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4 hours ago, publicist said:

(except for Yavar, who feverishly spreadsheets the few moments in between that are not verbatim repetitions).


WTF is the point of taking a jab at a fellow forum member and fellow film score fan in the middle of an otherwise nice and helpful post about this new release?  Super rude and completely unnecessary. 


Two thumbs up for the rest of your post, two big thumbs down this needless and unhelpful addition

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18 minutes ago, Jay said:

Two thumbs up for the rest of your post, two big thumbs down this needless and unhelpful addition


Geez, what a humourless boob you are.

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Maybe you could explain the “humor” to the board members who might not get it? As the subject of your little jab, it certainly didn’t feel particularly friendly or good-natured, though I was just planning to ignore it before Jay said something. Your “joke” also just doesn’t make sense; I didn’t spreadsheet shit on Prudence and the Chief. All I did was list my three favorite highlights of the more unique material. And honestly, the whole score is unique, having its own tone/feel/sound that’s quite distinct from either Rio score, because of course it was written to accompany a very different western!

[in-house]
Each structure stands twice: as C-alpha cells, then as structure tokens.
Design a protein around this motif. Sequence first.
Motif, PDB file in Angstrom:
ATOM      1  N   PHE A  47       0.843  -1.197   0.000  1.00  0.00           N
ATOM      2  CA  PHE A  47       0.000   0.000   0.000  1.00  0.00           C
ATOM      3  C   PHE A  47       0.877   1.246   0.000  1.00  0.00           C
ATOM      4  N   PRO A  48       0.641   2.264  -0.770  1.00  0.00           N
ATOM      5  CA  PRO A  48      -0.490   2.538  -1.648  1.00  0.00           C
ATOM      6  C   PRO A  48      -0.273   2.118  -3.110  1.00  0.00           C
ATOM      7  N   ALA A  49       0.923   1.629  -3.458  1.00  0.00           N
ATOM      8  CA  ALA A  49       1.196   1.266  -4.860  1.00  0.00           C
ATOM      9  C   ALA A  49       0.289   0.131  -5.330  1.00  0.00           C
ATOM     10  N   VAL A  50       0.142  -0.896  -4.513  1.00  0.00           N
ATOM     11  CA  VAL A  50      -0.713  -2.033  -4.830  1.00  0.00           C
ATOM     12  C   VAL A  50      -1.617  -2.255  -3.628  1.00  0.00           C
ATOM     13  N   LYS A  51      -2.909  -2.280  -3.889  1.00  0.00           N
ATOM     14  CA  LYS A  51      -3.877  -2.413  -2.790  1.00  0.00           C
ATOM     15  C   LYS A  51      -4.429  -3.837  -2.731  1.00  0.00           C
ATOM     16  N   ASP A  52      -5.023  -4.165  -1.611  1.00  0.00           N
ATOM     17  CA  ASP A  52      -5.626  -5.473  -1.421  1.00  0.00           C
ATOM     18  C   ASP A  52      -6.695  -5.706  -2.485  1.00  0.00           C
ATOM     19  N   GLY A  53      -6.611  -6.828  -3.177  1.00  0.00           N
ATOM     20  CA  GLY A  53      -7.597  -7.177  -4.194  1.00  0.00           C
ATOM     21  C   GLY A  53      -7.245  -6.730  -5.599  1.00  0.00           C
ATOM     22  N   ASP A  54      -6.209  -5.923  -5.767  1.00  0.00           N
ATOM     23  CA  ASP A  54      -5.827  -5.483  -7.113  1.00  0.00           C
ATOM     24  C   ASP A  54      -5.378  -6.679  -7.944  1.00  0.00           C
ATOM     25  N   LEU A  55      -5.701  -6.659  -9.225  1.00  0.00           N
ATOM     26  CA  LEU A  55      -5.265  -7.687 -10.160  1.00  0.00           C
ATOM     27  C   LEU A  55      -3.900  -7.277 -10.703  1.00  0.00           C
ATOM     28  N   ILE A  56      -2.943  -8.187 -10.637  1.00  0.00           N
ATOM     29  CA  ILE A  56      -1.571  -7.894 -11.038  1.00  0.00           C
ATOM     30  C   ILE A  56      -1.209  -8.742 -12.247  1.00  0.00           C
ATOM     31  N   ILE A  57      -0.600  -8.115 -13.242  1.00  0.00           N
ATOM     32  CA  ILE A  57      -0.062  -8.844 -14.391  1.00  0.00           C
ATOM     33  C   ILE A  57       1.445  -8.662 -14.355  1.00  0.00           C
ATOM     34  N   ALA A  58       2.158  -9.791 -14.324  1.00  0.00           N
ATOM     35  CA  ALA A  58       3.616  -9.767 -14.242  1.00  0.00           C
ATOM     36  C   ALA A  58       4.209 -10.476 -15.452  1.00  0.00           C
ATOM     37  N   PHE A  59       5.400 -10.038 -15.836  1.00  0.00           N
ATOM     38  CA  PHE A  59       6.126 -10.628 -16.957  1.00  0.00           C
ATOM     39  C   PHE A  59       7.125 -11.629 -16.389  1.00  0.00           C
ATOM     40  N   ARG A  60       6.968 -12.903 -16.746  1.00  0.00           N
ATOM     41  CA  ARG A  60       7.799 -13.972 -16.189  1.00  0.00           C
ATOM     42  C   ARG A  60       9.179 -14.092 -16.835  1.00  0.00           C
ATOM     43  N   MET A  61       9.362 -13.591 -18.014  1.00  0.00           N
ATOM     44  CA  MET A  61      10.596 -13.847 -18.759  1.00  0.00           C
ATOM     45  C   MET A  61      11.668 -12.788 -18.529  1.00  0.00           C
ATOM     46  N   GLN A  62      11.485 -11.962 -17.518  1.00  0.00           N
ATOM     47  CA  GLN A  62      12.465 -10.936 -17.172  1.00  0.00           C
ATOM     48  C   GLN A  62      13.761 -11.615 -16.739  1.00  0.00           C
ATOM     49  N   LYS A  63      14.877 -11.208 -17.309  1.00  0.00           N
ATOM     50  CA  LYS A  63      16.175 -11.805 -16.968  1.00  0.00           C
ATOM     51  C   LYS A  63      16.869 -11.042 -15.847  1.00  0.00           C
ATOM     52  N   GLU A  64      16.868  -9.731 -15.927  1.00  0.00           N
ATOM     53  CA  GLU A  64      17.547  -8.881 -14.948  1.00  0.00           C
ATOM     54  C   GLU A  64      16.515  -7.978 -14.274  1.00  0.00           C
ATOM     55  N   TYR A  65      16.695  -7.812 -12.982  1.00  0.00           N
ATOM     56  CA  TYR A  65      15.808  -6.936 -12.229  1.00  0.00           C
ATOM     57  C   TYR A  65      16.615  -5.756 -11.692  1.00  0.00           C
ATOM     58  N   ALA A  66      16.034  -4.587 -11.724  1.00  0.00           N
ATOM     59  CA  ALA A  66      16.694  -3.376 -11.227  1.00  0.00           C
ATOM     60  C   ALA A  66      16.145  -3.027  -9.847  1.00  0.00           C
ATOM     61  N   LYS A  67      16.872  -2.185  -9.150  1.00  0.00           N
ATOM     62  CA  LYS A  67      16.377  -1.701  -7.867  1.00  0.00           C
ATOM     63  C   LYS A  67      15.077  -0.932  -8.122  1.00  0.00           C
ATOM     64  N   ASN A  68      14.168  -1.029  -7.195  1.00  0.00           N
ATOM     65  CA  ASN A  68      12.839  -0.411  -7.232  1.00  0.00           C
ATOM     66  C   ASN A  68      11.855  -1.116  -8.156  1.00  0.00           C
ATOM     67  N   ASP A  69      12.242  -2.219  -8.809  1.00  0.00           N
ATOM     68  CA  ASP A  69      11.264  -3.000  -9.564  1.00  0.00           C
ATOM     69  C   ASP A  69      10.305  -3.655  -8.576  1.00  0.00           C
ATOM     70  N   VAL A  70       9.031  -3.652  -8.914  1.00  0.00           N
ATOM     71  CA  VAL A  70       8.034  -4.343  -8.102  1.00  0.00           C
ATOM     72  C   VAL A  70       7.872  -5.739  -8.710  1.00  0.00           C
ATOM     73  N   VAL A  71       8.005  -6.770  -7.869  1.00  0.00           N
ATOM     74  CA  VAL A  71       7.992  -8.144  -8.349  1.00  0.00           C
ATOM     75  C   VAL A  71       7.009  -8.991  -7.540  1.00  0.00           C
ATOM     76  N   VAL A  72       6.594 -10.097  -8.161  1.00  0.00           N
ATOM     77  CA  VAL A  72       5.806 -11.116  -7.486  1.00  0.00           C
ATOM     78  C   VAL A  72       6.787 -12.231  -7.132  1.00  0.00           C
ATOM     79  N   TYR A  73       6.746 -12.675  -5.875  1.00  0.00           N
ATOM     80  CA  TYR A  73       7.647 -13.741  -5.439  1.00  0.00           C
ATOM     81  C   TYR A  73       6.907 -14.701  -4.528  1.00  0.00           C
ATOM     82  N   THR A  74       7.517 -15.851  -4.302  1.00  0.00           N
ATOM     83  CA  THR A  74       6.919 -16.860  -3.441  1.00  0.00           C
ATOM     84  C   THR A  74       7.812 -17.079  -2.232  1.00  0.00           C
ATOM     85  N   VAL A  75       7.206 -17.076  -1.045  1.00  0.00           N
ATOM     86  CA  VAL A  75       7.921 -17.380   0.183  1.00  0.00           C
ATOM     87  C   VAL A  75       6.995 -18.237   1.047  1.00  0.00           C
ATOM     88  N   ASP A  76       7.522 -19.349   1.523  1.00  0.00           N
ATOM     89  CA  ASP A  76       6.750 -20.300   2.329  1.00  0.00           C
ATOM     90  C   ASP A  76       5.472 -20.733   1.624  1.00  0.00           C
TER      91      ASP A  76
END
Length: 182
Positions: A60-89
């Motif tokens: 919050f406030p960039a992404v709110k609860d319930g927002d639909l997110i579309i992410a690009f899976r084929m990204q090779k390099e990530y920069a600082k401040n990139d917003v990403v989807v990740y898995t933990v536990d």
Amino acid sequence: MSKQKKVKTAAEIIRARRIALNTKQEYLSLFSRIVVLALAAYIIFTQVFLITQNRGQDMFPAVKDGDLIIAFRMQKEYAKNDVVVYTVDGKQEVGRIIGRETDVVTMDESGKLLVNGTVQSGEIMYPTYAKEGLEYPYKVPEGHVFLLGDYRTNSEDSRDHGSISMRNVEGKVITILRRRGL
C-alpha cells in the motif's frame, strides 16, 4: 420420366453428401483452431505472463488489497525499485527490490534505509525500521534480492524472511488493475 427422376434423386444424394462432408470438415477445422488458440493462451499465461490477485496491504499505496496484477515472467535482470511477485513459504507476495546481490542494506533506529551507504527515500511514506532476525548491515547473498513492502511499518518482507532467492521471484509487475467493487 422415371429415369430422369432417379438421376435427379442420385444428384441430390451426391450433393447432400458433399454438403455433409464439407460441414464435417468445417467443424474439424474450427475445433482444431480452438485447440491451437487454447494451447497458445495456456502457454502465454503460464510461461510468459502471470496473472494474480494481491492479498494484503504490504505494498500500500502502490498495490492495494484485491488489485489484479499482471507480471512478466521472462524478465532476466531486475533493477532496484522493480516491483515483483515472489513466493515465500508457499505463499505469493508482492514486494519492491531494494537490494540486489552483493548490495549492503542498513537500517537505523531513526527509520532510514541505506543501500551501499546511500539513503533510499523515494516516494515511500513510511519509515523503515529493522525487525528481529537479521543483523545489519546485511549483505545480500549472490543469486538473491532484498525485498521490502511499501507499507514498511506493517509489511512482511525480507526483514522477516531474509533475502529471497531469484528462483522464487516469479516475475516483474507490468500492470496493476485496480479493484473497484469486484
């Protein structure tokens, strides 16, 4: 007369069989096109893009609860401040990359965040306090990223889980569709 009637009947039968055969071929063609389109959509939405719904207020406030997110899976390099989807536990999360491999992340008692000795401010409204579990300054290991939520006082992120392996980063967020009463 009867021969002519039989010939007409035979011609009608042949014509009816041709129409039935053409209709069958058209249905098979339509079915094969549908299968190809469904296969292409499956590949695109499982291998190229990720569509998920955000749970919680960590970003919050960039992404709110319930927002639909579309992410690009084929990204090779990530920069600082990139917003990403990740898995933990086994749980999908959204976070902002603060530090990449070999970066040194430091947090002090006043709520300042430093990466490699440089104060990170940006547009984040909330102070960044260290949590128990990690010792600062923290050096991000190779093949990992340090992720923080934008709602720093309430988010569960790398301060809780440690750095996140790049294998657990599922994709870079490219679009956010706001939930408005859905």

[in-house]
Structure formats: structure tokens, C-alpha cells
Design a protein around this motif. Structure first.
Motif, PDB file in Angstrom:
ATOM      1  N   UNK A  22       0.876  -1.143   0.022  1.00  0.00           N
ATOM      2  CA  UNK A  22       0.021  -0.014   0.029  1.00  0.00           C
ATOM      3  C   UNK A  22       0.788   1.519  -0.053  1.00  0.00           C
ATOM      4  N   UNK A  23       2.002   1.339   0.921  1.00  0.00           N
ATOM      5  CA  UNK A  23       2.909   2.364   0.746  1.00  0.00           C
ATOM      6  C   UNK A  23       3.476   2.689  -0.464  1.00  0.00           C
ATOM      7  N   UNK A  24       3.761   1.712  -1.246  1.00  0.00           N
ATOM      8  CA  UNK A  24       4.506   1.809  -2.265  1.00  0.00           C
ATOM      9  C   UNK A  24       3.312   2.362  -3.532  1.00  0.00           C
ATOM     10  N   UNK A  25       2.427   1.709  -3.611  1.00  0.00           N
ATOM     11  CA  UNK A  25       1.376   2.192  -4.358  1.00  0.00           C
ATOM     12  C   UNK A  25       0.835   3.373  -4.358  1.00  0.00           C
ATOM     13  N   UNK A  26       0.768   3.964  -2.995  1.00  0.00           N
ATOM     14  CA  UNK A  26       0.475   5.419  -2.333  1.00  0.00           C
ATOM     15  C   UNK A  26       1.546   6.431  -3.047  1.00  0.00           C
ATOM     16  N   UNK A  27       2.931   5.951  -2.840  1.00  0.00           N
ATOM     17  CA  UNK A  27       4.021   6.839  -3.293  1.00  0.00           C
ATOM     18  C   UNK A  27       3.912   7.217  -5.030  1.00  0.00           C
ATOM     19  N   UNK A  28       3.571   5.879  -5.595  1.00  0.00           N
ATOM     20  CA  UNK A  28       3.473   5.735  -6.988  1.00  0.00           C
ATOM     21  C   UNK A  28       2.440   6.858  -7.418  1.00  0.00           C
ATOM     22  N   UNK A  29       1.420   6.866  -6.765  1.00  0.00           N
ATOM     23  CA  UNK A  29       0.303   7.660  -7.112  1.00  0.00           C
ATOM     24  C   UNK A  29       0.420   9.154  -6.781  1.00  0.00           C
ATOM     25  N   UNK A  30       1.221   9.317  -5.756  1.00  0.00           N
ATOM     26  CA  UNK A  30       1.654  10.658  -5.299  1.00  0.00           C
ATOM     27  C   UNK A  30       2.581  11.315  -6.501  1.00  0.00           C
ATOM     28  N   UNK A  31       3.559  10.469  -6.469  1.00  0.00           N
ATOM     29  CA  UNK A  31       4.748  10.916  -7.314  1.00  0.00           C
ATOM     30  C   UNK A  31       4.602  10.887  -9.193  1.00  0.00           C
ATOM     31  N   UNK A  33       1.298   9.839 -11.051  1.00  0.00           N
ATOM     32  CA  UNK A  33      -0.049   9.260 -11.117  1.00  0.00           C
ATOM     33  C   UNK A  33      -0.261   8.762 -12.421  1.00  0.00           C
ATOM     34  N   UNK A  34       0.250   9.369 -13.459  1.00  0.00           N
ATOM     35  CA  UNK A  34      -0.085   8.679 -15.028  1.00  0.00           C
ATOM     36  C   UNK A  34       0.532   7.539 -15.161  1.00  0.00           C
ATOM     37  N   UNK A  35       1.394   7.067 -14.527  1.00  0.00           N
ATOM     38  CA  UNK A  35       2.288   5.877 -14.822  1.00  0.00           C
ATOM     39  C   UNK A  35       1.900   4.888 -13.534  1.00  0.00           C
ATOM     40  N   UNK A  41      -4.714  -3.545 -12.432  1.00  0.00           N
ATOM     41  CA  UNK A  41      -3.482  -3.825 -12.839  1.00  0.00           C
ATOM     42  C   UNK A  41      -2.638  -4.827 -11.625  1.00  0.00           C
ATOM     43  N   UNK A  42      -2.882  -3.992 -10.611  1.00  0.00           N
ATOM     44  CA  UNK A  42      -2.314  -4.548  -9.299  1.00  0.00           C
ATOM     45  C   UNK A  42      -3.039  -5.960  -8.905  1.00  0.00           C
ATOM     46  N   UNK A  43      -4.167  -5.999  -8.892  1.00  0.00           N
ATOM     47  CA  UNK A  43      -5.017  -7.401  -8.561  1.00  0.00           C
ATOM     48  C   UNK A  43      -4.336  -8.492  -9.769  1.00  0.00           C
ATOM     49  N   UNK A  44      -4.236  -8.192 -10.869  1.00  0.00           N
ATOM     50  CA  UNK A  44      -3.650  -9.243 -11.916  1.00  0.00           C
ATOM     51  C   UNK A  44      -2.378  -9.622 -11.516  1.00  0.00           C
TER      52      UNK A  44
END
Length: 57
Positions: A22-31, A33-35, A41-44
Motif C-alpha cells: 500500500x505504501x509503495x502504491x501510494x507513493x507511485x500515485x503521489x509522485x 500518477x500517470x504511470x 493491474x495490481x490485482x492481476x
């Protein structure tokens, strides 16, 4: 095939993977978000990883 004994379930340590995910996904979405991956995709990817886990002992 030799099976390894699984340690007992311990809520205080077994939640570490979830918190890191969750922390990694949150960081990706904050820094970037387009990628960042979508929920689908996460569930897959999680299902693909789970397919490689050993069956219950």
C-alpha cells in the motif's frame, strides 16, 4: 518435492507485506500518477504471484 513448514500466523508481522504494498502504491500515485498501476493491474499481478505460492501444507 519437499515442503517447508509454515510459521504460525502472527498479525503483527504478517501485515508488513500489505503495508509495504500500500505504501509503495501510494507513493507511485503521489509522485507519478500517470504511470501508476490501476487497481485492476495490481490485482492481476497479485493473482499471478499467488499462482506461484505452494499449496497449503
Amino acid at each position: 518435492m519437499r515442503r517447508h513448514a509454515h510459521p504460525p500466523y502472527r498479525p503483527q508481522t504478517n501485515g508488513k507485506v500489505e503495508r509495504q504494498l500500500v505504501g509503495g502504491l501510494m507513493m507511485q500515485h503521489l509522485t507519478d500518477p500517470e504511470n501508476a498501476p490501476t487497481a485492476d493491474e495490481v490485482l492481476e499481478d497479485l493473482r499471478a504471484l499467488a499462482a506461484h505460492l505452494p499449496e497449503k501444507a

That said, I really appreciate the rest of your post and even agree with a decent amount of it. Room 222 and Only in America are going to end up at the bottom of my ranking, similar to your assessment it seems (though probably more charitable in terms of my written assessment).

I’ll just correct you on Only in America: there are four cues presented here on three tracks, and the only actual bumper cues constitute the middle track. The opening is a full main title, and the ending is the full end title. The lengths are short because this was a half hour sitcom, but I’m personally fairly impressed at what Goldsmith was able to encapsulate within those short pieces and I *certainly* don’t agree with you that they sound anonymous, like they were written by anyone. His voice is quite distinctive in these. This is however the one score on this set which is difficult to judge fairly, because while all the other scores are complete (or virtually complete), this one was just the music that could be salvaged from the mixed film audio. So the majority of the score, any dramatic “meat” or development of it, if you will, is missing.